Most documents, photos, videos and other data are stored digitally, including the CRC. The problem with digital storage is that the technology quickly becomes outdated; floppy disks, CDs and even USB-sticks are examples of this.
Today, we store most of our digital data in “the cloud”. Despite the name, this means that we rely on physical hard drives vulnerable to power outages, hacking, war and natural disasters.
Scientists have developed several methods that make it possible to store information in nature’s oldest storing device: DNA. DNA is a molecule which carries genetic information in all living creatures, and therefore works as nature’s own hard drive. In this case, synthetic DNA has been used to store digital information.
“Today it can actually be easier to retrieve information from prehistoric remains than from an old mobile phone. Storing digital data in synthetic DNA is like coding on ordinary computers; it's just another language. It's a bit like translating from one language to another,” says Nick Goldman, Senior Scientist at EMBL’s European Bioinformatics Institute in Cambridge, UK.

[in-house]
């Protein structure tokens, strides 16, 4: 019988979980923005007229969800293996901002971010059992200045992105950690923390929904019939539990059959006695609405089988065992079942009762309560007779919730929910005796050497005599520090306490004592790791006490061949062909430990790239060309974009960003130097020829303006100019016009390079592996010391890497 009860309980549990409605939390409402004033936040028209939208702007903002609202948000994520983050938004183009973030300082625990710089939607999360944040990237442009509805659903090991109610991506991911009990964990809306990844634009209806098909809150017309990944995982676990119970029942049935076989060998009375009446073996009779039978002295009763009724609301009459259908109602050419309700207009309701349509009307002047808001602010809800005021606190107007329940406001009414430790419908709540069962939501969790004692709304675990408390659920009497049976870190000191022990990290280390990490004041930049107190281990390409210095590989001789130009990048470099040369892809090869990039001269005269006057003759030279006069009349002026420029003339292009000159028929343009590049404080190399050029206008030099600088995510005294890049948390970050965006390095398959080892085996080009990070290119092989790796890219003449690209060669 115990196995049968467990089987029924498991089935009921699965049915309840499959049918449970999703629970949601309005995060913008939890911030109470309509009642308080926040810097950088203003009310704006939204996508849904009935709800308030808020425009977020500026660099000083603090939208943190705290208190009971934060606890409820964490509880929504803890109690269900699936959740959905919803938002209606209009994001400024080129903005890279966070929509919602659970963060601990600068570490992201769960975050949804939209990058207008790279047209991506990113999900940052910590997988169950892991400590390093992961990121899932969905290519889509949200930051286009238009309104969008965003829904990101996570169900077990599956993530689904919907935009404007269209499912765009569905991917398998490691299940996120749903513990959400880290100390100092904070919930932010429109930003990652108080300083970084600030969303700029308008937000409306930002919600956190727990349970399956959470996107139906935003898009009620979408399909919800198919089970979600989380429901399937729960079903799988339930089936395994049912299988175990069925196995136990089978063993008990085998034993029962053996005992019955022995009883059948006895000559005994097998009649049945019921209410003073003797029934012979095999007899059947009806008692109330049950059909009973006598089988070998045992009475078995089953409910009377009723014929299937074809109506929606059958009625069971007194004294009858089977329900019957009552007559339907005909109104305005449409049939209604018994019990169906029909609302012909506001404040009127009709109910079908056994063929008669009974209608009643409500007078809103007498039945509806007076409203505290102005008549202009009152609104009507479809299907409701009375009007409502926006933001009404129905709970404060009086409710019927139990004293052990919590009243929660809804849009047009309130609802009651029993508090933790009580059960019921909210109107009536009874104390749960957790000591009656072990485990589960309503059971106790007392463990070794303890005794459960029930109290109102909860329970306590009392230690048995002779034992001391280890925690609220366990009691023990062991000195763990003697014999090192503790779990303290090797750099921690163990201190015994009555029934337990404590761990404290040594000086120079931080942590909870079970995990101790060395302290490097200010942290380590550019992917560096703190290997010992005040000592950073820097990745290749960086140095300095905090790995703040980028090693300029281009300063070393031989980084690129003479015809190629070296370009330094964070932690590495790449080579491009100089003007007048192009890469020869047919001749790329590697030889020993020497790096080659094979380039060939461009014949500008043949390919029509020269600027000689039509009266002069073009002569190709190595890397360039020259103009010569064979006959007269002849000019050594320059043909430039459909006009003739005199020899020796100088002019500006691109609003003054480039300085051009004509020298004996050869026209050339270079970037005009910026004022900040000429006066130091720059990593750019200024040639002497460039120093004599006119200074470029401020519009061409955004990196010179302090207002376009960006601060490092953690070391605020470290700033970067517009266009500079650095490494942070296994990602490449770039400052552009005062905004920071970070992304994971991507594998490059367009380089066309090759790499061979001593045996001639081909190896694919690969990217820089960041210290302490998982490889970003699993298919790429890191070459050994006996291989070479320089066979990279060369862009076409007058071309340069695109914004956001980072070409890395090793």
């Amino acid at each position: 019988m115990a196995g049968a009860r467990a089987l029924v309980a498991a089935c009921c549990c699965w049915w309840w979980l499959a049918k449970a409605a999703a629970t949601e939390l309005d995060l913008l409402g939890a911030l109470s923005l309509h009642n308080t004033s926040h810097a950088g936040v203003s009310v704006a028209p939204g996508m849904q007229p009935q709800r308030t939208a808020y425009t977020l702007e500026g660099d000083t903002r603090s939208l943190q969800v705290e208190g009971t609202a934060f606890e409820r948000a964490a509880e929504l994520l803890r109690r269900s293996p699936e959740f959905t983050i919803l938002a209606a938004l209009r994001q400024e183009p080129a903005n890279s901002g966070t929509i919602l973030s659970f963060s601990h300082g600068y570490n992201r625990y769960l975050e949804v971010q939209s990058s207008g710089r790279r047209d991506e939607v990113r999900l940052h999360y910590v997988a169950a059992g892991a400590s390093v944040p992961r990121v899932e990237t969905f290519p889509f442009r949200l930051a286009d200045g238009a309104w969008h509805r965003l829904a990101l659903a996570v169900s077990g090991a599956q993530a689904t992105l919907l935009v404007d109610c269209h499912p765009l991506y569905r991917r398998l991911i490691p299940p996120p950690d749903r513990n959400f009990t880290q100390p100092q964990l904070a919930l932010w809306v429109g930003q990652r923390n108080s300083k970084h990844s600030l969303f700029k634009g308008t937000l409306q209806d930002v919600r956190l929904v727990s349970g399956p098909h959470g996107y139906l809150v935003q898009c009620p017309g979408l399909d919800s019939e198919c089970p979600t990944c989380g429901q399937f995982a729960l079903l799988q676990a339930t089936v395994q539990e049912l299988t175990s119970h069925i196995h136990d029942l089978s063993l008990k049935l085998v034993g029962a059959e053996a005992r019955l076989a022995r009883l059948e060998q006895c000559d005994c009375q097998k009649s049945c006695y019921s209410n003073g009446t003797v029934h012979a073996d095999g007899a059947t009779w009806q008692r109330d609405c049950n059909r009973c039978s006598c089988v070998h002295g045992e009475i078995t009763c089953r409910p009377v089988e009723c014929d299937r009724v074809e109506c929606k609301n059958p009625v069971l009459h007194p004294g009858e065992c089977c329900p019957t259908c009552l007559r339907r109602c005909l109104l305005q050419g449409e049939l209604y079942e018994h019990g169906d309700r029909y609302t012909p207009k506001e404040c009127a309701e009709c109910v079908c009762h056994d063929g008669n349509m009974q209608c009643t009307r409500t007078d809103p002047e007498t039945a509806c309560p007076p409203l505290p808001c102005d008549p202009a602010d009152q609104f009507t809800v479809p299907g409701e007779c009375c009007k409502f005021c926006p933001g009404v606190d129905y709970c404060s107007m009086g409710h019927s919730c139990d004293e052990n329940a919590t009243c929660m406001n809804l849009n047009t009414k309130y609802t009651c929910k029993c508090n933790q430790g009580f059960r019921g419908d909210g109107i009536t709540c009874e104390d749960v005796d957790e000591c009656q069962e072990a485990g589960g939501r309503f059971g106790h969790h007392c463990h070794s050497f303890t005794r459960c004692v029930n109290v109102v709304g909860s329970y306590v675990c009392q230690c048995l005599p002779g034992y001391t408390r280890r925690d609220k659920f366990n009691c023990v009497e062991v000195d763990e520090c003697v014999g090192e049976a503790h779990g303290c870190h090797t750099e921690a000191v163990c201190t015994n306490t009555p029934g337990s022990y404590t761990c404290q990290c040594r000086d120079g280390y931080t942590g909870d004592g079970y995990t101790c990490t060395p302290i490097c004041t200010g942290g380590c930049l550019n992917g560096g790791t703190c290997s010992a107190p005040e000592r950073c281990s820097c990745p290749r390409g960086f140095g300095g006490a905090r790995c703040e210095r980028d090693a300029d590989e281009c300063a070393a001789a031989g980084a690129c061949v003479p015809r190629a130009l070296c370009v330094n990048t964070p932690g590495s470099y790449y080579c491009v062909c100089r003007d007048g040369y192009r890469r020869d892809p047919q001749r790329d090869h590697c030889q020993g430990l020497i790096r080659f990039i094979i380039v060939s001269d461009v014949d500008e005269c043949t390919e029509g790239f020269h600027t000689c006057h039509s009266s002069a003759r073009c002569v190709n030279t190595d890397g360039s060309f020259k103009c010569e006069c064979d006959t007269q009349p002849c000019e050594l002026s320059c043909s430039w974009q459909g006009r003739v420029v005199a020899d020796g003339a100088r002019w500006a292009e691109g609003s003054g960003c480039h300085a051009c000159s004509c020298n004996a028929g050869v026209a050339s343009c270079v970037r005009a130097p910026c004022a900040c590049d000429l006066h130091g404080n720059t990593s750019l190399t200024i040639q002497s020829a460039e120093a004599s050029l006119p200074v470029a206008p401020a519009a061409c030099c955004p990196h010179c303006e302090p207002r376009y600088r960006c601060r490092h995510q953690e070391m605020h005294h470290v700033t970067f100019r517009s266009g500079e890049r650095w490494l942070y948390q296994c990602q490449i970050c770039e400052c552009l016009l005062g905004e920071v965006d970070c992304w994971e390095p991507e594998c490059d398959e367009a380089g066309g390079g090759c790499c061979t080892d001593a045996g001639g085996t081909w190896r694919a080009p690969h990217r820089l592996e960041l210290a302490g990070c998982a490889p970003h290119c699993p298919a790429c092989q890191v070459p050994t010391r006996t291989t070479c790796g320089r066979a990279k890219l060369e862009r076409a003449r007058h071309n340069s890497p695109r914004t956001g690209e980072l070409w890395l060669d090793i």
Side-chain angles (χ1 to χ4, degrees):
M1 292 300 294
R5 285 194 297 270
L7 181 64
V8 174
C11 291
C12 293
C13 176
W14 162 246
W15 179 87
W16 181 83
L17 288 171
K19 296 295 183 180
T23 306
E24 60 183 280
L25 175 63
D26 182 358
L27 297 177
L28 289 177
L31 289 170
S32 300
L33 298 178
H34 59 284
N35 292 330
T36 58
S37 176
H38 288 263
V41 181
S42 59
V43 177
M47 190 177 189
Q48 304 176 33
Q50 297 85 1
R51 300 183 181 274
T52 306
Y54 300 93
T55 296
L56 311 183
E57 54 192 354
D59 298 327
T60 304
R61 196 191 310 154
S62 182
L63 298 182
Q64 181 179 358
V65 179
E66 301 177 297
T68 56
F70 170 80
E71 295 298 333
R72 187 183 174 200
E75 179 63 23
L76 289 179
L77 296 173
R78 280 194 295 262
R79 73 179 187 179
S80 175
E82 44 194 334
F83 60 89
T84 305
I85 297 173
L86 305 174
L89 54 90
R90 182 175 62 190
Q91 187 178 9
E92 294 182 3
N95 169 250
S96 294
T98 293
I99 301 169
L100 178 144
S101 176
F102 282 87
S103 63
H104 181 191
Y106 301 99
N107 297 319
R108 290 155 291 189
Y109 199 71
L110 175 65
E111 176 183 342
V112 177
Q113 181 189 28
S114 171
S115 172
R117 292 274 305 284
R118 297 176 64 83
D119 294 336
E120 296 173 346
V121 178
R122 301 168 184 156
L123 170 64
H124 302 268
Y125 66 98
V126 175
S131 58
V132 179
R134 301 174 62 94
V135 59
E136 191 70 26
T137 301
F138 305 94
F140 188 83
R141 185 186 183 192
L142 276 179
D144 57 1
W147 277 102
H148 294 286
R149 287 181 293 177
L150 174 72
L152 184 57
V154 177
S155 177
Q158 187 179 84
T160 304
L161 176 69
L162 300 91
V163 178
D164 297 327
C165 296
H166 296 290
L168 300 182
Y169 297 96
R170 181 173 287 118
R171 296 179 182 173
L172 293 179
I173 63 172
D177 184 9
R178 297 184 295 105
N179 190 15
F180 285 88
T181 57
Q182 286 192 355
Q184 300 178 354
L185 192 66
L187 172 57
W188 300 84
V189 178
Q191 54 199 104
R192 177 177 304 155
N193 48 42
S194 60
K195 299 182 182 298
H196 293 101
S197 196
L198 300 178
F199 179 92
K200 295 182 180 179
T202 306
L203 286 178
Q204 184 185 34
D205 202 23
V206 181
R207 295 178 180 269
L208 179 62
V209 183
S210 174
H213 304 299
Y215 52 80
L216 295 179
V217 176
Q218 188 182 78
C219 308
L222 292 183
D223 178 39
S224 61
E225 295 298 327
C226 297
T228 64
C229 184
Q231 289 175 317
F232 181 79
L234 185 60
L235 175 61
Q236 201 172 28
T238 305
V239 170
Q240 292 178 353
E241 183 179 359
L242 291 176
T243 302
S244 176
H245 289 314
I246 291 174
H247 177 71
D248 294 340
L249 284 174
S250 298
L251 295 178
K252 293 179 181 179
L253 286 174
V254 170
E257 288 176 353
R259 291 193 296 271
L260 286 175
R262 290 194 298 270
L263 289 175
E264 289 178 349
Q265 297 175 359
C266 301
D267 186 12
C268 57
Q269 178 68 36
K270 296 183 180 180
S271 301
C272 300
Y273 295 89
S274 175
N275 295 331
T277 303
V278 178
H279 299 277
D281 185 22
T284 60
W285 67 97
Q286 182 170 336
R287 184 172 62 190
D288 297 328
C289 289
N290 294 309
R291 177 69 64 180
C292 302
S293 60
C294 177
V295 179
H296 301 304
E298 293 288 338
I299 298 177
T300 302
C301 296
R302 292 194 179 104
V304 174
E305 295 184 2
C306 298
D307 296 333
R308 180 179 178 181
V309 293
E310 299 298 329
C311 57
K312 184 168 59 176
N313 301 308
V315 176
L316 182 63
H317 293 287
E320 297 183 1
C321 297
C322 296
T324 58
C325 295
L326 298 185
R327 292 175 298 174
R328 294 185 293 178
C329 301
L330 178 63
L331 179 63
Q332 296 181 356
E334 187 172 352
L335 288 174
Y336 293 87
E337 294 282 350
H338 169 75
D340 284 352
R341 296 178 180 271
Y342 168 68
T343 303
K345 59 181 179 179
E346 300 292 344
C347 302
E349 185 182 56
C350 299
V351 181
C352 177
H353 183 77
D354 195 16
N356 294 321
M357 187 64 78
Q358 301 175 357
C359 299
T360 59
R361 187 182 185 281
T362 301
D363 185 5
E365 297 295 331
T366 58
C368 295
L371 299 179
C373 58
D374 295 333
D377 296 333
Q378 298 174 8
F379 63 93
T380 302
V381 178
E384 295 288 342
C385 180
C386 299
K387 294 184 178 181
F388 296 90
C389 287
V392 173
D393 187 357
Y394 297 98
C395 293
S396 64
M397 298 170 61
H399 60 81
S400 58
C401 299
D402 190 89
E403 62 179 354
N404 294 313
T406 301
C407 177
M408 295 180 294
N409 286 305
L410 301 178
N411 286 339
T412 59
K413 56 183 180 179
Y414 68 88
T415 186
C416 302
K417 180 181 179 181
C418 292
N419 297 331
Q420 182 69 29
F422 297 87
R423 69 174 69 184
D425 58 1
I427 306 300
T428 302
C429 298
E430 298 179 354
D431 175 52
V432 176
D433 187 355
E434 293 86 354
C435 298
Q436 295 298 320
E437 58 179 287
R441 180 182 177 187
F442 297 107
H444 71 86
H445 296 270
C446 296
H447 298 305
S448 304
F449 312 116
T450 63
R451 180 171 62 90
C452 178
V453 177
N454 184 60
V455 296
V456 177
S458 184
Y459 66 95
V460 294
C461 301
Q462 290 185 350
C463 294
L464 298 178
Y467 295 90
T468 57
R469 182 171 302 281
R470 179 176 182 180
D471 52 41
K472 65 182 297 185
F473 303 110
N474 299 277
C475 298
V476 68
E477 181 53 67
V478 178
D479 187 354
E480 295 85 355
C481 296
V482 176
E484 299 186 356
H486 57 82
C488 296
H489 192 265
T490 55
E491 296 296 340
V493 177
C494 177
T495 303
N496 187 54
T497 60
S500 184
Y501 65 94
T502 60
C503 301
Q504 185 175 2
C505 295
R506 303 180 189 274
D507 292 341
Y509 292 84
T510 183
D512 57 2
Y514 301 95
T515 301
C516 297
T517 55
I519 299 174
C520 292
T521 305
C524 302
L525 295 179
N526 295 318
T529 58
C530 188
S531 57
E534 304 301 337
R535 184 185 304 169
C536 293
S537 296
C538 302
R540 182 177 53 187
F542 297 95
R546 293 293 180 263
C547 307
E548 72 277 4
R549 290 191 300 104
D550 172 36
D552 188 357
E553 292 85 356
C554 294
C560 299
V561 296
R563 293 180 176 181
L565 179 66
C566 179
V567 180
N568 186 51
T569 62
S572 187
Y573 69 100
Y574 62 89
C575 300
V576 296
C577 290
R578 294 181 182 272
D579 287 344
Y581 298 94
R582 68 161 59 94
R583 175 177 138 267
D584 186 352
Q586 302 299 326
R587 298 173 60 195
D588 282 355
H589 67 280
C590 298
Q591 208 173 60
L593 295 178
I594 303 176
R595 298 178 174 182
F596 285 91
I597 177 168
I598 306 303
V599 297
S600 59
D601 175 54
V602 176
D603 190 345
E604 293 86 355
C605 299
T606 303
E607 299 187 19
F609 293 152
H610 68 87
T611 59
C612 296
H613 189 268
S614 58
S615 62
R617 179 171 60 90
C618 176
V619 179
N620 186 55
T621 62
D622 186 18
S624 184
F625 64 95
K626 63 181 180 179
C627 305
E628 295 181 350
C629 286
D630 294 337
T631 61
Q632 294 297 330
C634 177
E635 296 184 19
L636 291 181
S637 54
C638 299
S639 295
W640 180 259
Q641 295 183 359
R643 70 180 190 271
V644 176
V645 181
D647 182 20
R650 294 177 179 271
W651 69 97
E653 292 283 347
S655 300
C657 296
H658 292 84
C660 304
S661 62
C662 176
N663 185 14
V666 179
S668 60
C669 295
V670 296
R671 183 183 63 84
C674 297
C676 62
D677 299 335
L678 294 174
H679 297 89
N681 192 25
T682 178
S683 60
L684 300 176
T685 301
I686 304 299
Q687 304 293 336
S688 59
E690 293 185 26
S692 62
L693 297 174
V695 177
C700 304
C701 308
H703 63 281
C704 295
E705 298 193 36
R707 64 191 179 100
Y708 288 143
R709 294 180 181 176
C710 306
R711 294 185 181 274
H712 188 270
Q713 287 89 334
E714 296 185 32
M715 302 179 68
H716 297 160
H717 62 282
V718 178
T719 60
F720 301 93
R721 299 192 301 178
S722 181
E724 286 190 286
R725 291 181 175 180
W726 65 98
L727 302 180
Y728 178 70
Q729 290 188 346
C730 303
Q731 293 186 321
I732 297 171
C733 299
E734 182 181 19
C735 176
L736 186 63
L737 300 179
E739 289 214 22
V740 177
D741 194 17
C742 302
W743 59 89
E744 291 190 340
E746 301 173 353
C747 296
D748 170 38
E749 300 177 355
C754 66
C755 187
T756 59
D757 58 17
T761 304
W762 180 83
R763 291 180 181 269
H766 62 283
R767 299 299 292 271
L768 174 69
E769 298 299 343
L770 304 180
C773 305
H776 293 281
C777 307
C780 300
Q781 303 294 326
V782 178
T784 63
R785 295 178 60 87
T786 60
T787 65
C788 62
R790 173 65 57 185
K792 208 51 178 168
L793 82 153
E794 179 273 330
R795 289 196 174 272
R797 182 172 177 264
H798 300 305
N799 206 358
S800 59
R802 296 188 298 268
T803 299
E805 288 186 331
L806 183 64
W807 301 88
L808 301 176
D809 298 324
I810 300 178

Goldman is one of the scientists who first developed methods for storing large amounts of data in DNA and is responsible for encoding the Convention into a DNA-based format. The encoded document will then be synthesized and sequenced by Twist Bioscience (Nasdaq: TWST) in San Francisco, US:
“This project is an illustrative example of the way we are able to bring together innovative technologies based on biology to protect and benefit children worldwide and we are honored to be a part of this effort,” says Emily M. Leproust, CEO and Co-Founder of Twist Bioscience, and co-author of one of the first publications on DNA data storage.
The finished synthetic DNA will then be put into small pill-shaped stainless-steel capsules by Imagene SA in Pessac, France:
“We are honored to contribute to this project with our unique preservation technology, enabling the Convention on the Rights of the Child to remain recoverable and readable for centuries and even millennia to come,” says Sophie Tuffet, CEO and Co-Founder of Imagene SA, and co-author of one of the first publications on long term room temperature DNA storage.
The capsule containing the DNA will be kept in one of the safest places in the world, in the permafrost at the Arctic World Archive in Svalbard, Norway. The Convention on the Rights of the Child will be brought to Svalbard on World Children’s Day, November 20th, 2019.